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Real-Life Patient Encounters Put Board Questions to the Test

When does a test question become something more? When knowing the answer saves a life.

In a recent article for The New York Times Magazine, contributing author Lisa Sanders, MD, shares the story of a young patient experiencing unusual and worsening symptoms while struggling to receive a proper diagnosis. After several visits to her family physician and local emergency care facilities, the patient met Sonali Advani, MD, an infectious disease specialist certified by the American Board of Internal Medicine. After reviewing the patient’s history, Dr. Advani quickly zeroed in on the diagnosis that had eluded her peers:

Rat-bite fever.

So, how did she do it?

According to Dr. Sanders, Dr. Advani “told me that she missed a question on a test she took to prepare for the infectious-diseases boards.” The question involved a patient who presented with the same rashes and painful joints as the patient on her examining table. When the patient mentioned horseback riding, and her exposure to barnyard rodents, Dr. Advani recalled what she’d learned from the question.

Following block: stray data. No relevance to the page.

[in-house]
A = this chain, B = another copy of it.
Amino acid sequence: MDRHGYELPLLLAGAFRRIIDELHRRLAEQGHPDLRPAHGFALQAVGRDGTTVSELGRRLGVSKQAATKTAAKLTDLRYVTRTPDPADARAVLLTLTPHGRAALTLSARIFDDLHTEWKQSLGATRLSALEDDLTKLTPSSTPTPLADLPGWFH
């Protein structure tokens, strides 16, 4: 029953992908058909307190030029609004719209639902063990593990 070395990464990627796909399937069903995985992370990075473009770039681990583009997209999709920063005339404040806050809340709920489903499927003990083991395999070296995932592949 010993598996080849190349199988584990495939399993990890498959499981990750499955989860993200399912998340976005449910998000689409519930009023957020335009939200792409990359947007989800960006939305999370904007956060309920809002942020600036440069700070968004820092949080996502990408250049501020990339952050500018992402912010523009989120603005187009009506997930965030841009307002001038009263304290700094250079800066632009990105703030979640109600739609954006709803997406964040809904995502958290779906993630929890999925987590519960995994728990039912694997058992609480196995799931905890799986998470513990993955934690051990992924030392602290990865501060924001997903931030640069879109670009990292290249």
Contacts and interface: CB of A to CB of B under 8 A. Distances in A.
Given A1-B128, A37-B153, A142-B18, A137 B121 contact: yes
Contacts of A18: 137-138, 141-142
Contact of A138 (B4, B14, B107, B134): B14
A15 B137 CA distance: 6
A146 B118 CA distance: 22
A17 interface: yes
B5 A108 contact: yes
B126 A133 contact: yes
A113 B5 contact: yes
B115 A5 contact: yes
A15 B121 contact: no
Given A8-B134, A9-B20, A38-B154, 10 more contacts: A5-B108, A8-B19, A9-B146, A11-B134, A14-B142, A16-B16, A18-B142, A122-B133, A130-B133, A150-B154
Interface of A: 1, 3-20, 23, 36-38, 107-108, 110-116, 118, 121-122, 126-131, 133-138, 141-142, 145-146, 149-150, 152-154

To read the full story, click here.

The American Board of Ophthalmology’s Quarterly Questions program is designed to create “a-ha” moments like the story above by focusing on everyday clinical ophthalmic knowledge. Questions are accompanied by real-time performance feedback, detailed explanations of the answers, and links to further reading on each topic. For more information, visit

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